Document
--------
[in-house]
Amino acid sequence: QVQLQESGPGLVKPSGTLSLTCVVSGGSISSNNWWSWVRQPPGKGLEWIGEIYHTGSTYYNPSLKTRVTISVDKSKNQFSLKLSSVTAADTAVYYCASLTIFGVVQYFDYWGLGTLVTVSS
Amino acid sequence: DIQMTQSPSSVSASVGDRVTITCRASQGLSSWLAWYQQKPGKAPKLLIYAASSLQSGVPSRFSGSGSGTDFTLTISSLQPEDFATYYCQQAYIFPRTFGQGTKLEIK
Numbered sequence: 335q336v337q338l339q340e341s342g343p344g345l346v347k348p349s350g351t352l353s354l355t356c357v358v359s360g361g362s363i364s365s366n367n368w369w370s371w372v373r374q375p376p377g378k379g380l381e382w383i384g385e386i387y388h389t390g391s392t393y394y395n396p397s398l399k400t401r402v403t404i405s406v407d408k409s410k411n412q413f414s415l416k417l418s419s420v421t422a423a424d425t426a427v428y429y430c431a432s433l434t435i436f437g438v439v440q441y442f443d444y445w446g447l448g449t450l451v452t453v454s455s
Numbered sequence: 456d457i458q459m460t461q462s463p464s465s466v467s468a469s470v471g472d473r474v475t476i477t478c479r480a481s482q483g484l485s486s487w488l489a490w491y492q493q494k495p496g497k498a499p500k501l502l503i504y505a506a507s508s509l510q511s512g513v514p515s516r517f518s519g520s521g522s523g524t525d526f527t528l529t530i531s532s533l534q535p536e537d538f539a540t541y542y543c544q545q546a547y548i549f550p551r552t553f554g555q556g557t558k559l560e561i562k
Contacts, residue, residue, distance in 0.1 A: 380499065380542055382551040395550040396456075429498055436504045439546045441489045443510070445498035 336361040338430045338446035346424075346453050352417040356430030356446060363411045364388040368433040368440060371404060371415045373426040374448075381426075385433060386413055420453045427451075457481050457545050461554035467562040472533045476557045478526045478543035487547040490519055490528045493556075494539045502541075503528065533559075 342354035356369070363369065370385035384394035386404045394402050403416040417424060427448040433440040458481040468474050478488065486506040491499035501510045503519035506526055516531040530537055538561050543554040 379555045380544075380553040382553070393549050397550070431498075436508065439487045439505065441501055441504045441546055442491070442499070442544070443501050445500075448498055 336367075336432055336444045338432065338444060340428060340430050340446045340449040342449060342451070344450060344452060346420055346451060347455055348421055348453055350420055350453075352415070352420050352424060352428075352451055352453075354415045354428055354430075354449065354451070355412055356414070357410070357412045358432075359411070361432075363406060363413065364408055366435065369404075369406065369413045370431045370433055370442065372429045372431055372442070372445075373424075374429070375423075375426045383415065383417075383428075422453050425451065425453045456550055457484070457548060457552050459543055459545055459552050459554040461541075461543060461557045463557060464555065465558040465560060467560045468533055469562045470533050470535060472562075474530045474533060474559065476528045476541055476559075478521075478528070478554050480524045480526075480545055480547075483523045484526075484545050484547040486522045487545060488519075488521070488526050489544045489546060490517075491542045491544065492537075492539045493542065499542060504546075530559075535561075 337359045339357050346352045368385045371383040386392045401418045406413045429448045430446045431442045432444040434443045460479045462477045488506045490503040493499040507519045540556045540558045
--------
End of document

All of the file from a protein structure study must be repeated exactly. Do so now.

[in-house]
Amino acid sequence: QVQLQESGPGLVKPSGTLSLTCVVSGGSISSNNWWSWVRQPPGKGLEWIGEIYHTGSTYYNPSLKTRVTISVDKSKNQFSLKLSSVTAADTAVYYCASLTIFGVVQYFDYWGLGTLVTVSS
Amino acid sequence: DIQMTQSPSSVSASVGDRVTITCRASQGLSSWLAWYQQKPGKAPKLLIYAASSLQSGVPSRFSGSGSGTDFTLTISSLQPEDFATYYCQQAYIFPRTFGQGTKLEIK
Numbered sequence: 335q336v337q338l339q340e341s342g343p344g345l346v347k348p349s350g351t352l353s354l355t356c357v358v359s360g361g362s363i364s365s366n367n368w369w370s371w372v373r374q375p376p377g378k379g380l381e382w383i384g385e386i387y388h389t390g391s392t393y394y395n396p397s398l399k400t401r402v403t404i405s406v407d408k409s410k411n412q413f414s415l416k417l418s419s420v421t422a423a424d425t426a427v428y429y430c431a432s433l434t435i436f437g438v439v440q441y442f443d444y445w446g447l448g449t450l451v452t453v454s455s
Numbered sequence: 456d457i458q459m460t461q462s463p464s465s466v467s468a469s470v471g472d473r474v475t476i477t478c479r480a481s482q483g484l485s486s487w488l489a490w491y492q493q494k495p496g497k498a499p500k501l502l503i504y505a506a507s508s509l510q511s512g513v514p515s516r517f518s519g520s521g522s523g524t525d526f527t528l529t530i531s532s533l534q535p536e537d538f539a540t541y542y543c544q545q546a547y548i549f550p551r552t553f554g555q556g557t558k559l560e561i562k
Contacts, residue, residue, distance in 0.1 A: 380499065380542055382551040395550040396456075429498055436504045439546045441489045443510070445498035 336361040338430045338446035346424075346453050352417040356430030356446060363411045364388040368433040368440060371404060371415045373426040374448075381426075385433060386413055420453045427451075457481050457545050461554035467562040472533045476557045478526045478543035487547040490519055490528045493556075494539045502541075503528065533559075 342354035356369070363369065370385035384394035386404045394402050403416040417424060427448040433440040458481040468474050478488065486506040491499035501510045503519035506526055516531040530537055538561050543554040 379555045380544075380553040382553070393549050397550070431498075436508065439487045439505065441501055441504045441546055442491070442499070442544070443501050445500075448498055 336367075336432055336444045338432065338444060340428060340430050340446045340449040342449060342451070344450060344452060346420055346451060347455055348421055348453055350420055350453075352415070352420050352424060352428075352451055352453075354415045354428055354430075354449065354451070355412055356414070357410070357412045358432075359411070361432075363406060363413065364408055366435065369404075369406065369413045370431045370433055370442065372429045372431055372442070372445075373424075374429070375423075375426045383415065383417075383428075422453050425451065425453045456550055457484070457548060457552050459543055459545055459552050459554040461541075461543060461557045463557060464555065465558040465560060467560045468533055469562045470533050470535060472562075474530045474533060474559065476528045476541055476559075478521075478528070478554050480524045480526075480545055480547075483523045484526075484545050484547040486522045487545060488519075488521070488526050489544045489546060490517075491542045491544065492537075492539045493542065499542060504546075530559075535561075 337359045339357050346352045368385045371383040386392045401418045406413045429448045430446045431442045432444040434443045460479045462477045488506045490503040493499040507519045540556045540558045